GC:  I’m just really not used to any part of running a business, I’m a skateboarder and that’s the only job I’ve ever known, so it’s hard for me to be paying attention to a business day-to-day. But I’m working on it! I wanted the name to be sort of enigmatic, Cee is pulled from defunct workwear brand Washington Dee Cee. I just wanted something that has a feeling more than a meaning. I want the imagery and the pieces to give the customer a feeling when they see it and wear it. We all know what it’s like when you get a new pair of pants that you’re excited about. It’s fun to make something that someone can hopefully get some energy from and have for a long time.


H:  Your debut product is a wide leg selvedge chino, made from Cone Mills denim—did you essentially design something you wanted to wear but couldn’t find?


GC:  Yeah, I’m really into 1930’s and 1940’s U.S. Army and Navy chinos. They are a nice wide cut leg, but the rise on those old jeans is really high and it’s sort of uncomfortable to wear. So I made some wide denim chinos with a wearable rise and changed a few things to my liking to make them mine. They are very heavily influenced by a pair of 1930’s U.S. Army denim chinos that my friend Ryan Shamblin owned.

H:  What’s next…where do you go from here?

GC:  Oh man I don’t even know. I’m working on like 5 patterns right now, tops and bottoms. I have a 5-pocket jean that I’d like to get into production ASAP.

H:  Is Cee Blues something you see as a long-term business proposition…can you see yourself trading the half-pipe for a corner office?

GC:  I’m really not sure. I’m just getting started and I really enjoy working with clothes so I’m gonna keep it going…but who knows what the future holds?



Who knows, indeed. As of this writing, Gilbert hasn’t released any new designs, BUT he has issued his chinos in Cone Mills denim with black stitching, natural stitching, and black Japanese non-selvedge denim with black stitching. Each has the same wide cut as the pair he sent me. Granted, it’s not a cut for everyone, but I like it a lot.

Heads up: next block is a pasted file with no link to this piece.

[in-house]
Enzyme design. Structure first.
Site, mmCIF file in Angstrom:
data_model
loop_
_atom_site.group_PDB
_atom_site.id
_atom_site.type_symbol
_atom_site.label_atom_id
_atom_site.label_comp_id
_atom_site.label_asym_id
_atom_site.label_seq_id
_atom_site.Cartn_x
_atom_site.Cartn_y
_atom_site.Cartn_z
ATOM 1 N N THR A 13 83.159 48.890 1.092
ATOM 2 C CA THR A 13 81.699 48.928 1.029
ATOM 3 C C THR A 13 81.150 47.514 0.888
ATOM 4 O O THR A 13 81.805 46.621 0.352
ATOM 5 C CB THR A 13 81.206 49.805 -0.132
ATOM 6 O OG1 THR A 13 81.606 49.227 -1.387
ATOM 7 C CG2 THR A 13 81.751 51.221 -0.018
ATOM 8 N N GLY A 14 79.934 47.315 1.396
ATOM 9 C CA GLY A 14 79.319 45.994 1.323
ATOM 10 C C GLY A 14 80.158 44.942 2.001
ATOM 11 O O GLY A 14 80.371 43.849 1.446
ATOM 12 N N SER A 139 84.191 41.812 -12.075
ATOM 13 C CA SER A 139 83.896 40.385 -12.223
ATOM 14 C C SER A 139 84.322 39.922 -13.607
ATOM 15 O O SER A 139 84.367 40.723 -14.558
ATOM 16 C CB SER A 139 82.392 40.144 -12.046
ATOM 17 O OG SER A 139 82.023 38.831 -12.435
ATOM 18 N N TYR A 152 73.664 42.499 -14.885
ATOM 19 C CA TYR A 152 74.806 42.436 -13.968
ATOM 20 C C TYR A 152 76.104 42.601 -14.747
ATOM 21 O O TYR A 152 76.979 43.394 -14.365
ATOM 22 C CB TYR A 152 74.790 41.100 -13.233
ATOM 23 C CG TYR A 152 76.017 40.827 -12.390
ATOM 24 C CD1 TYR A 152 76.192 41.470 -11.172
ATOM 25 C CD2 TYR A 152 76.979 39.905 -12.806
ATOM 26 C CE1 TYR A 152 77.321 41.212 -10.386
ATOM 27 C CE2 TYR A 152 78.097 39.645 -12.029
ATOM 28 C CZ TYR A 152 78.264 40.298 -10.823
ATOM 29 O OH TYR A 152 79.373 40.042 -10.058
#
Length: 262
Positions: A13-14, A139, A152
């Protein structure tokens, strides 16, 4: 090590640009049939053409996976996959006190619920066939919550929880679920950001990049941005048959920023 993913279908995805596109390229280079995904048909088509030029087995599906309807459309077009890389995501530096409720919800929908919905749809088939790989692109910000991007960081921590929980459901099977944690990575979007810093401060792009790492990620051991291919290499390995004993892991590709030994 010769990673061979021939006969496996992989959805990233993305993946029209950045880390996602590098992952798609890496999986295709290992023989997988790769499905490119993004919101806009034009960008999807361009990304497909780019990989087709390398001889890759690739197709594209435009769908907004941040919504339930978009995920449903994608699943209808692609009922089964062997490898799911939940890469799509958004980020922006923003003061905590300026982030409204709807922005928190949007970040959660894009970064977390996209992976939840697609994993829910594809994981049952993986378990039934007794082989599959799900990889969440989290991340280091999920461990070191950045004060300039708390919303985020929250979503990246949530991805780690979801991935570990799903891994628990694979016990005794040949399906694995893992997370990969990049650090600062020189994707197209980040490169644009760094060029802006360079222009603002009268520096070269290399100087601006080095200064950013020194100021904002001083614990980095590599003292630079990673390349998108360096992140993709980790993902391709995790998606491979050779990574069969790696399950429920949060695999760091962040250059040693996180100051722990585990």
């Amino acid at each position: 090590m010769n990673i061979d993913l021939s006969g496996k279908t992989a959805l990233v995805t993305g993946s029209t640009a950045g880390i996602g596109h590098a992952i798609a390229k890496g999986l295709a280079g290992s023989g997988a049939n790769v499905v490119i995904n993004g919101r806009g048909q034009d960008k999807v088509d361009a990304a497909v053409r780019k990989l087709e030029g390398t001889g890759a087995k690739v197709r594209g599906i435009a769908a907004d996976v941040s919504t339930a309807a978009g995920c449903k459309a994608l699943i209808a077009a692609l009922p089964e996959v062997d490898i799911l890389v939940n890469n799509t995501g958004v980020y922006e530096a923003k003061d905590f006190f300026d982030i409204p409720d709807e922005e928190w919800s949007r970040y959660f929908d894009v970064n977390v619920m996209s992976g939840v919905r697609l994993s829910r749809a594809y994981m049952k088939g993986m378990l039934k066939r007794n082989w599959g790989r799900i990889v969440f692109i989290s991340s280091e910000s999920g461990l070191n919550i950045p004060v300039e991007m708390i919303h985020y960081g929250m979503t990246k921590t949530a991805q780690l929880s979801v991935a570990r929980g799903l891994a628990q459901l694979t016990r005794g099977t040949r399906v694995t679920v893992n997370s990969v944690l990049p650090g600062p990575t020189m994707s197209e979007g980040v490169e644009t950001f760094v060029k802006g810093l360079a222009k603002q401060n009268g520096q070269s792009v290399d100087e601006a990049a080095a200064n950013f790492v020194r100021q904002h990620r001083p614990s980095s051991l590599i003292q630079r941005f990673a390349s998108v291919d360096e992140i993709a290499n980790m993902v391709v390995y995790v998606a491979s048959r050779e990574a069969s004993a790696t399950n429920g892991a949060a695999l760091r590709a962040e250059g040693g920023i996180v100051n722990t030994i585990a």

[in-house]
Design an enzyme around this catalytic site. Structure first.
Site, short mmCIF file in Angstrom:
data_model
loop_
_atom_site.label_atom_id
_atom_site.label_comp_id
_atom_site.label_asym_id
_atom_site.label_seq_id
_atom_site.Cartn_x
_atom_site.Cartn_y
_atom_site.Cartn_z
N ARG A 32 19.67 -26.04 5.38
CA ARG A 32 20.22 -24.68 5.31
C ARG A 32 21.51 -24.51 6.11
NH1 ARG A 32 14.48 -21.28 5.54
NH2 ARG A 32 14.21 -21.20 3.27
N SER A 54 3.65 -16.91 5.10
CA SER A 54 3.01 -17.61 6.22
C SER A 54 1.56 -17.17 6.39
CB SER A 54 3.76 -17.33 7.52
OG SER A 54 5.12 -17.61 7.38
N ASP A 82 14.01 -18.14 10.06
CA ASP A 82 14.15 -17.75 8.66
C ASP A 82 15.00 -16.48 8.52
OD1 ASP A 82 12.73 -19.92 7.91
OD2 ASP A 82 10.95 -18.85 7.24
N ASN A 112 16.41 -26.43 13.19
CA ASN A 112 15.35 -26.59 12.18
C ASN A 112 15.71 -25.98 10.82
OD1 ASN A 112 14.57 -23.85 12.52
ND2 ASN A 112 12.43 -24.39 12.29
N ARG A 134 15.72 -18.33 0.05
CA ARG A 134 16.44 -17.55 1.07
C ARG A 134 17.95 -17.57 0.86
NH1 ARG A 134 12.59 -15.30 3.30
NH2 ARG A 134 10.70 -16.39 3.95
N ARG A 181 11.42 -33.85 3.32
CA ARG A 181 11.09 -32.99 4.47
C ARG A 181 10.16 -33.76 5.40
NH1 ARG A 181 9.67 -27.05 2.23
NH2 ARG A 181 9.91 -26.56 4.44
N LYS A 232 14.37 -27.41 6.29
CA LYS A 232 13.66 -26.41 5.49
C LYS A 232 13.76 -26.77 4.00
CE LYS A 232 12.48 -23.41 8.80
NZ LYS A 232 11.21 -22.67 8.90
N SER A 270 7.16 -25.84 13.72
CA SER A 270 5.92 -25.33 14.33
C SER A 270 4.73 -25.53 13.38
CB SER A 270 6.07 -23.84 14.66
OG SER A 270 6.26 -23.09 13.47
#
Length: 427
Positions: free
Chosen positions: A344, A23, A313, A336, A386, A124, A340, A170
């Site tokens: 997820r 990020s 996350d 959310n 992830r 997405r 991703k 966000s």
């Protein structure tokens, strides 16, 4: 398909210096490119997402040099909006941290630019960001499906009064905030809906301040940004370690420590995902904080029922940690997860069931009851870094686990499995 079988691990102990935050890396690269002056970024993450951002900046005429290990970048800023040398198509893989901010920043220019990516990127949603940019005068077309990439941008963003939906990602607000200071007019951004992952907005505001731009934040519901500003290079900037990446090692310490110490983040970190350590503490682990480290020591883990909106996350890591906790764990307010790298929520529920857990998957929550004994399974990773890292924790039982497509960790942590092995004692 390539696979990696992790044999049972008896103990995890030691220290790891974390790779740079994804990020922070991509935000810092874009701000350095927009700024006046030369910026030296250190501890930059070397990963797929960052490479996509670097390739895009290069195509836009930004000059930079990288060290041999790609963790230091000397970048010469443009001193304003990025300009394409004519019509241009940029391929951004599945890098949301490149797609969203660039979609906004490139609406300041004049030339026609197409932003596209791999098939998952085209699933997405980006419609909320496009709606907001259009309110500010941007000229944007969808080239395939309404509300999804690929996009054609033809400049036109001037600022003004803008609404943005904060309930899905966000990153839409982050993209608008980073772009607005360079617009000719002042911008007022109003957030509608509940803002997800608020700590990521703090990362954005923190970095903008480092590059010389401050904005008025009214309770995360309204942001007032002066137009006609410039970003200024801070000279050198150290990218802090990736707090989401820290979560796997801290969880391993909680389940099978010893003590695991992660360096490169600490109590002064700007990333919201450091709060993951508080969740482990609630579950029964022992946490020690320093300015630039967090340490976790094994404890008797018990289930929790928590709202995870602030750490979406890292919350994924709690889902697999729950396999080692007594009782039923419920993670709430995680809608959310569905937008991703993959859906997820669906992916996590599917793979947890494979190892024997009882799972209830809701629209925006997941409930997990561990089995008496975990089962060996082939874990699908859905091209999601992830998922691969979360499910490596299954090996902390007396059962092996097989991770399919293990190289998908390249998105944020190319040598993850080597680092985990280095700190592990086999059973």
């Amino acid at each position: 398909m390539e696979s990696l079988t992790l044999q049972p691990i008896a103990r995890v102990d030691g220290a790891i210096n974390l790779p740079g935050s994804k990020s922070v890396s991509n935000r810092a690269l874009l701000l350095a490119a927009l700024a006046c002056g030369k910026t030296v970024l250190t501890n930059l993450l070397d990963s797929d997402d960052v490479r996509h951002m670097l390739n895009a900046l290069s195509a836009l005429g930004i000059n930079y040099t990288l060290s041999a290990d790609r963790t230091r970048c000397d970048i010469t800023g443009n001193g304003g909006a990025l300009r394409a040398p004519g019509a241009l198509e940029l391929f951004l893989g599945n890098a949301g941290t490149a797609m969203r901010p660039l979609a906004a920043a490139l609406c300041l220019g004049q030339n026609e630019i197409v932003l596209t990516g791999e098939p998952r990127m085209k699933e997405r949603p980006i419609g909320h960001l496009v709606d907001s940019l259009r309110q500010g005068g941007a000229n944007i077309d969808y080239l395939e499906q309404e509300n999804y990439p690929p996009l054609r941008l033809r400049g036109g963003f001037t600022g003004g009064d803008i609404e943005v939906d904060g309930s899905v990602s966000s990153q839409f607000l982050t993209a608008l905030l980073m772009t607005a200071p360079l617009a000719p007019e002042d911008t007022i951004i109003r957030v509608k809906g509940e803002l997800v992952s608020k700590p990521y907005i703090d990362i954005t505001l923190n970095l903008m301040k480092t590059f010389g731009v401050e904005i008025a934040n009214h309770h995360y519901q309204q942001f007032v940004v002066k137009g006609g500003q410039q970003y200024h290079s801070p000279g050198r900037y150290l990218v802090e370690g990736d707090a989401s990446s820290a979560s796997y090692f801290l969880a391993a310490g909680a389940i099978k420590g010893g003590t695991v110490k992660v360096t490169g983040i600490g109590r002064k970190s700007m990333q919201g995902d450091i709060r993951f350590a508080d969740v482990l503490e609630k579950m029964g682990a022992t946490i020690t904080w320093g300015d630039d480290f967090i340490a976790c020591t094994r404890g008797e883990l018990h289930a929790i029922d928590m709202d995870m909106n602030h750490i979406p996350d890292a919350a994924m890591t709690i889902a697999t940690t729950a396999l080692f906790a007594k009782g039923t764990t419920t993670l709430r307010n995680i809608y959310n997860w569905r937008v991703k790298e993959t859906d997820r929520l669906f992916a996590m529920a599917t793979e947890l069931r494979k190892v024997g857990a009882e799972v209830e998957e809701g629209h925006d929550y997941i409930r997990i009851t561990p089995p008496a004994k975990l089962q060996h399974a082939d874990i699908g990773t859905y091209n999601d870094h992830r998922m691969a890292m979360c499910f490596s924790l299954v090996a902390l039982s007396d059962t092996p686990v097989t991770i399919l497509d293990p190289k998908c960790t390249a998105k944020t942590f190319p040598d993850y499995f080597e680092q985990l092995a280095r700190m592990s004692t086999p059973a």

At 6’3, I’ve enough leg “real estate” to make the generous cut seem not so drastic, but really, I think “drastic” may have been what Gilbert was going for. They may be mid-rise for some, but to me, they’re decidedly high, going over the hips much like Dickies 874 work pants. That reference aside, for me…fit-wise…these are a whole new animal, wider than any chino I’ve ever worn with a giant leg opening (9 5/8″ for a size 32) making way for a “shoes then pants” dressing order should you feel like changing it up.




From the simple buttons and minimal construction details (plain pocket bags, small label, overall discreet branding) these certainly adhere to the “just the facts, ma’am” approach of their military-issue inspiration. I suspect they’ll fade to a lovely blue-gray after a soak, with plenty of yardage to take on the creases and folds that come from wear (no X-Games-style skate stunts for me, unless ordering Chipotle becomes an X-Game…and then only a fool would suit up against me). I love them (the jeans, not double-wrap burritos, but I love those too. LOVE!).

Whatever Gilbert decides to do/release next, I’ll be watching. And if Cee Blues has more historically-inspired, generously proportioned, wildly-wearable tricks up its sleeve, give your lower extremities a break from your snug usual suspects and give ’em a try, even if you think a McTwist is a new frozen treat at the Golden Arches. (It’s not—I asked, ’cause I’m a kook).

Shop and learn more about Cee Blues on their website